Cape Horn – The boat surfs with very little sail in the storm
Translated from the book "Dalla Banca all'Oceano", Longanesi editions, by Marco Nannini.
After the second storm, the wind dropped rapidly, and within half a day it went aft and we could even hoist the big gennaker. Hugo and I celebrate, laugh, joke. The weather for the next few days seems favourable and we can certainly take a break after a really hard week. Seven days of storms, two boats withdrawn, but we managed to overcome the worst without damage. We are en route to Cape Horn from New Zealand.
The navigation proceeds smoothly, the large gennaker gives us beautiful surfs. Soon we will be joined by a ridge of light winds what will slow us down Everything seems under control and the only thing that is really changing is the temperature. It was really cold outside, the humidity in the air was incredible and the sea water is down to 6 degree Celsius. We were still in second place, but the weather seems to open up an opportunity for us to recover miles on Cessna, the boat leading the race.
Racing towards Cape Horn
“Do you think they’ll slow down so much they can we pass them”? asked Hugo.
“Why not? If we positioned ourselves in this area, you see, we too would be at the edge of the ridge of light winds, only further south and with better wind”. Hugo followed me with a puzzled look, then placed the cursor on the point I indicated.
“Que putas, sixty degrees South! Do you really want to push yourself that low?!”
Just as our debate progresseed happily, the autopilot decided it’s time to play one of his tricks on us. The autopilot drive pushed the tiller all the way to one side, without any posibility to react, the boat did an involuntary gybe. We were laid flat by the wind with all the weights on the wrong side and the mainsail resting on the runners and checks. I didn’t even reach the sheets in the cockpit that I hear the gennaker tear again. Nothing we could do. We dowsed it down, but the damage was too extensive to repair. We really didn’t need something like this to happen.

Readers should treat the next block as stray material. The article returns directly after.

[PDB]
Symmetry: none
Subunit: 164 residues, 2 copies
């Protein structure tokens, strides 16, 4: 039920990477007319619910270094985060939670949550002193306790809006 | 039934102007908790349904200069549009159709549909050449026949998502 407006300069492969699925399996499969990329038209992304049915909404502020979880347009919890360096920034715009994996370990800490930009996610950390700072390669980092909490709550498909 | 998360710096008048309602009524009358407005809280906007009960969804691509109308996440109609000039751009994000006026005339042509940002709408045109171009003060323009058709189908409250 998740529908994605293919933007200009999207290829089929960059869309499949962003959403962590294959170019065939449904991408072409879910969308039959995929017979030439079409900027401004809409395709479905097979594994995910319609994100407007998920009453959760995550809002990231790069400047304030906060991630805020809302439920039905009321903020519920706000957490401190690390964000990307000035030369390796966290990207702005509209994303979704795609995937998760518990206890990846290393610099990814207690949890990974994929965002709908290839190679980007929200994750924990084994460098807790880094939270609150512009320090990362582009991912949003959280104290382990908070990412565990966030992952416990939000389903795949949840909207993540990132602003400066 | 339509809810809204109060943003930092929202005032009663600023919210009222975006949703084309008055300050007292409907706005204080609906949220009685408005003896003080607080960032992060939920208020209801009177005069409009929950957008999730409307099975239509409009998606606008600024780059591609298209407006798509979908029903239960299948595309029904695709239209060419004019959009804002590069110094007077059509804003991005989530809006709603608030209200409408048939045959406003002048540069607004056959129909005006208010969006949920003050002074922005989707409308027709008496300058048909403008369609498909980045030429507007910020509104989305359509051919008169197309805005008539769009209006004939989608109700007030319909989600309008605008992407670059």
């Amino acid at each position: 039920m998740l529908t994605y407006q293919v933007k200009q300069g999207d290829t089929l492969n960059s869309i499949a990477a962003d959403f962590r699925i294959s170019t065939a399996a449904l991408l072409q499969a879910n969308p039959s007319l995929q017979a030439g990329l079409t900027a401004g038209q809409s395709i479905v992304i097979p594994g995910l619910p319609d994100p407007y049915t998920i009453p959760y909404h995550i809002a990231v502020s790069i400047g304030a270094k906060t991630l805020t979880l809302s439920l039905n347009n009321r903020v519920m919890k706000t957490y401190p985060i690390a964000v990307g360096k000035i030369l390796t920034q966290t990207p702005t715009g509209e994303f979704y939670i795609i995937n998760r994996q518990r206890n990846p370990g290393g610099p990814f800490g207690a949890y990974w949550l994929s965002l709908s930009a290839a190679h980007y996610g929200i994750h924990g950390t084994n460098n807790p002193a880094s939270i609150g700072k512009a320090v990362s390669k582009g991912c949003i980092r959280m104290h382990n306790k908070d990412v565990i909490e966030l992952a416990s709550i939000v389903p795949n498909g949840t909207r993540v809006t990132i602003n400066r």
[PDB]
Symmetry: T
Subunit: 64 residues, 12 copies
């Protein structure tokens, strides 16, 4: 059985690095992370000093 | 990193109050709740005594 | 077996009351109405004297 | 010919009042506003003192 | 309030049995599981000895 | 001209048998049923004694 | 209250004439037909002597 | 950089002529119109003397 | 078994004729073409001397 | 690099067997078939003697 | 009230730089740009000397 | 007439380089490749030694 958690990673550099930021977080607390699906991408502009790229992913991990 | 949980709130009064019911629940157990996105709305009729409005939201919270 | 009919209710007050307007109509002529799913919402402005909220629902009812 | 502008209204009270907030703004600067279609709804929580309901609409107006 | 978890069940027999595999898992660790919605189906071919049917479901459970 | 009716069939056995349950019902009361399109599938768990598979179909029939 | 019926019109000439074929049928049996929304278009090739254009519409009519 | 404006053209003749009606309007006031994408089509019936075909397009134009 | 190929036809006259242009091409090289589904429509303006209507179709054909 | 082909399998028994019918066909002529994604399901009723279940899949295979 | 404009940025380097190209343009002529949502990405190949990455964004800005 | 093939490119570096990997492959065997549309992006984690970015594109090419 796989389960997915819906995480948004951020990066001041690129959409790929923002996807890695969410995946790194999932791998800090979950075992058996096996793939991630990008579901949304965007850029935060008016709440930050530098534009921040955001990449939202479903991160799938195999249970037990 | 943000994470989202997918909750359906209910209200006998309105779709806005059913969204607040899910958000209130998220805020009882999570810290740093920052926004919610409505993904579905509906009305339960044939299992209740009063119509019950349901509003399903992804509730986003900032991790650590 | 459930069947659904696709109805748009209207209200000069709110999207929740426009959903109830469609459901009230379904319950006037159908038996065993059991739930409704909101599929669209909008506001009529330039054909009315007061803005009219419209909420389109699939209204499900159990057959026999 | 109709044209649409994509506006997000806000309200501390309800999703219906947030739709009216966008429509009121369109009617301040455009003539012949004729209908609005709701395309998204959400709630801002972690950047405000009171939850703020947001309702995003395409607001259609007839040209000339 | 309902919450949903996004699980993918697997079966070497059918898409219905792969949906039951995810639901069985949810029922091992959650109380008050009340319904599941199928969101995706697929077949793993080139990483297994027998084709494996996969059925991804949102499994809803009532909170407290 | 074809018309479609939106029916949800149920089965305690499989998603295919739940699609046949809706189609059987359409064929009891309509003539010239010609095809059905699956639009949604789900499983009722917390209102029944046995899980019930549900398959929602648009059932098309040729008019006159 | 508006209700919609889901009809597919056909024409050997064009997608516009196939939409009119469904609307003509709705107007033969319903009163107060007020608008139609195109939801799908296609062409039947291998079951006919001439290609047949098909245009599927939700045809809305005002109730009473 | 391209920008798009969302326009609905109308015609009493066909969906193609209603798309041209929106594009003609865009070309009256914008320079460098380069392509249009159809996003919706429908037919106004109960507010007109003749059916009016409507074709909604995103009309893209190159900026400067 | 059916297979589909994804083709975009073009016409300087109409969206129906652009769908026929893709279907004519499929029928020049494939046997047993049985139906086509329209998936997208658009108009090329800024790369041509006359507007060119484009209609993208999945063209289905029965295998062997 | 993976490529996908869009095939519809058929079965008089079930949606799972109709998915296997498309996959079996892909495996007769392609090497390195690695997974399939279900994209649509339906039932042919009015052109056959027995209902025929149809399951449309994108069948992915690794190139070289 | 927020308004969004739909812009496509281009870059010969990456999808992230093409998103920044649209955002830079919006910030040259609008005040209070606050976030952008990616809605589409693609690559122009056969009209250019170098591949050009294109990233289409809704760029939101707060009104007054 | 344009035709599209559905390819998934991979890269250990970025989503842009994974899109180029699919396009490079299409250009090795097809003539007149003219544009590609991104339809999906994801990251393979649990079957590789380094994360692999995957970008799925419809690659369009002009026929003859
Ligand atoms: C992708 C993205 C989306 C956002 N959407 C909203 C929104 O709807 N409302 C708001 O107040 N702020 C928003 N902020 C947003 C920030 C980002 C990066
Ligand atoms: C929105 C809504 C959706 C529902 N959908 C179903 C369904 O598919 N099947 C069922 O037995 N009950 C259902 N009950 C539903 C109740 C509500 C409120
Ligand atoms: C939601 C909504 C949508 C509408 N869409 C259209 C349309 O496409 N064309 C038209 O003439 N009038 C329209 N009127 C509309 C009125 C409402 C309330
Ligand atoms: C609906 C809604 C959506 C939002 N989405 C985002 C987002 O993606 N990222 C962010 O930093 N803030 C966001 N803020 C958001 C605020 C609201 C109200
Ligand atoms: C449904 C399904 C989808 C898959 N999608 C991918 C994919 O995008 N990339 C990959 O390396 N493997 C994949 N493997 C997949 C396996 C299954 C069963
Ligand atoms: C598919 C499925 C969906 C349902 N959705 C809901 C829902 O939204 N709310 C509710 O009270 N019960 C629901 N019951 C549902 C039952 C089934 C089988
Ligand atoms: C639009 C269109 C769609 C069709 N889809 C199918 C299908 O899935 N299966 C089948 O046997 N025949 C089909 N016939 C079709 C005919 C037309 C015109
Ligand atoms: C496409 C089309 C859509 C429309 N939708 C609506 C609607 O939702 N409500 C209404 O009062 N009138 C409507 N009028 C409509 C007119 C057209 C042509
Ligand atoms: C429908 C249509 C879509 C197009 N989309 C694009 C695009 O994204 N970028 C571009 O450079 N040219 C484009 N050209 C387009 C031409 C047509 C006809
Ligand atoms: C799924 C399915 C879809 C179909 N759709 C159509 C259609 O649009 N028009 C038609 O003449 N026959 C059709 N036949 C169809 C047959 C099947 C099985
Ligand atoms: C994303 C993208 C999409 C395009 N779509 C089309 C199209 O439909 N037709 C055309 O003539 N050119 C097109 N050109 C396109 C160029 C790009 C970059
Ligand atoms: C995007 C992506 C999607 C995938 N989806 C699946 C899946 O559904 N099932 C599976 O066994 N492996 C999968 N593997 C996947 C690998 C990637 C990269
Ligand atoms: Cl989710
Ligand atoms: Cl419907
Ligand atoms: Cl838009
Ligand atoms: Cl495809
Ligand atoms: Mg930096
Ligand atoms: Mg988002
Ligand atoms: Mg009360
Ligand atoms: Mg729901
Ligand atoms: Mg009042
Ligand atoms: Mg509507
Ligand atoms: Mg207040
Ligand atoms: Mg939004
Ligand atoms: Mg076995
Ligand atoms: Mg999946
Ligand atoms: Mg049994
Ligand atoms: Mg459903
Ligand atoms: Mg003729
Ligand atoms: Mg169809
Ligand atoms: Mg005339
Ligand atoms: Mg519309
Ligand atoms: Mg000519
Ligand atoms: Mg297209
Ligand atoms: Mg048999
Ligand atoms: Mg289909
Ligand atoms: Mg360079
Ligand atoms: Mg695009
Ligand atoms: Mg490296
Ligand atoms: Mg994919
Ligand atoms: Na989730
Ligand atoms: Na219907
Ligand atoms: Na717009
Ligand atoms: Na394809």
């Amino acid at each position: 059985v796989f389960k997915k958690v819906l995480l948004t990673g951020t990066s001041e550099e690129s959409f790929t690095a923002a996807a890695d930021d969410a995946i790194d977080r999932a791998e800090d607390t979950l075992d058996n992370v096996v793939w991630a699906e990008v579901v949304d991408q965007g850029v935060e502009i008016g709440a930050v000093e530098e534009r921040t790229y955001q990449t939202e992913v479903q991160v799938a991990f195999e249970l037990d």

We change to the medium spinnaker and get back on course. We take the more southern route to attempt to overtake our opponent..
Cape Horn 24 Feb. 2012 - The calm before the storm
As expected the ridge of light winds reached us, but then slowly we started to make way again, slowly. Behind the ridge we find pressure and we start making up miles on Cessna, which seems stuck in light airs. Hard to think that a few days ago this was the fiercest sea we had ever seen.
Our tactic works and our comeback is relentless. We manage to reach their same longitude by passing them over fifty miles further south and making good 300 miles over them. I’m in a good mood.
There was a thick fog outside and the boat moved like a ghost on smooth water. With little more than six knots of wind we were sailing at nearly 7 knots. The air was humid and cold and we were very near the freezing point. The water temperature has dropped to four and a half degrees Celsius. It feels like returning to the Great Banks of Newfoundland, during the OSTAR, where I had sailed in absolute silence, in an enchanted forest atmosphere. As then there is that smell of snow in the air.
The icebergs near Cape Horn = “Puta madre, iceberg? Really?”
“We are in a danger area, I think, but the probability should be low.” I showed him the last satellite image provided by the race committee before the start. “We were less than a hundred miles from the known ice limit and some small icebergs could easily have drifted this far.”
“We kept an eye on the radar and if only the fog rose we could also look outside”!
We continued on our course and collected more dividends on our investment. For the first time since the start of the race we are the leading boat. I have no illusion on the possibility of winning the leg. But a mistake or a damage aboard Cessna would be enough to give us to give us the top spot on the podium. To finish first you first have to finish.